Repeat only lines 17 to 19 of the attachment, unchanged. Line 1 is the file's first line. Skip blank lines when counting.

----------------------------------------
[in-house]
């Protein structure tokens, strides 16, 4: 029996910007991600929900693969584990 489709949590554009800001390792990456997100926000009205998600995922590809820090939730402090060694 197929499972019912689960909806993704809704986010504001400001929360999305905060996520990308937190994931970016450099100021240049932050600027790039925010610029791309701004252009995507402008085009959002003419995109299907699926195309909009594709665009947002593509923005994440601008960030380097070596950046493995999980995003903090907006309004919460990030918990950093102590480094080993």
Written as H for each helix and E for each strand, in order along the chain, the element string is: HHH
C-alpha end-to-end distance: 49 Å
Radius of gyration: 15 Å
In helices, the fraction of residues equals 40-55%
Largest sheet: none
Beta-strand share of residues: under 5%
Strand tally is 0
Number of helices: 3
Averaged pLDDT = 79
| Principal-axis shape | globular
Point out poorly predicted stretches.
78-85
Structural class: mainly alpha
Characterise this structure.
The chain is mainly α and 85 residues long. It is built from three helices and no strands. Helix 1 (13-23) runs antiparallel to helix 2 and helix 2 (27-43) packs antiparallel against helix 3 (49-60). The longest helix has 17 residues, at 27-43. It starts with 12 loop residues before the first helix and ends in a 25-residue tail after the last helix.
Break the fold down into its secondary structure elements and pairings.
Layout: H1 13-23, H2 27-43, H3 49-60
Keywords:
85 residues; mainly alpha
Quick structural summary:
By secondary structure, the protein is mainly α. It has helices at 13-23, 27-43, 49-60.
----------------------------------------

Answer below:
The chain is mainly α and 85 residues long. It is built from three helices and no strands. Helix 1 (13-23) runs antiparallel to helix 2 and helix 2 (27-43) packs antiparallel against helix 3 (49-60). The longest helix has 17 residues, at 27-43. It starts with 12 loop residues before the first helix and ends in a 25-residue tail after the last helix.
Break the fold down into its secondary structure elements and pairings.
Layout: H1 13-23, H2 27-43, H3 49-60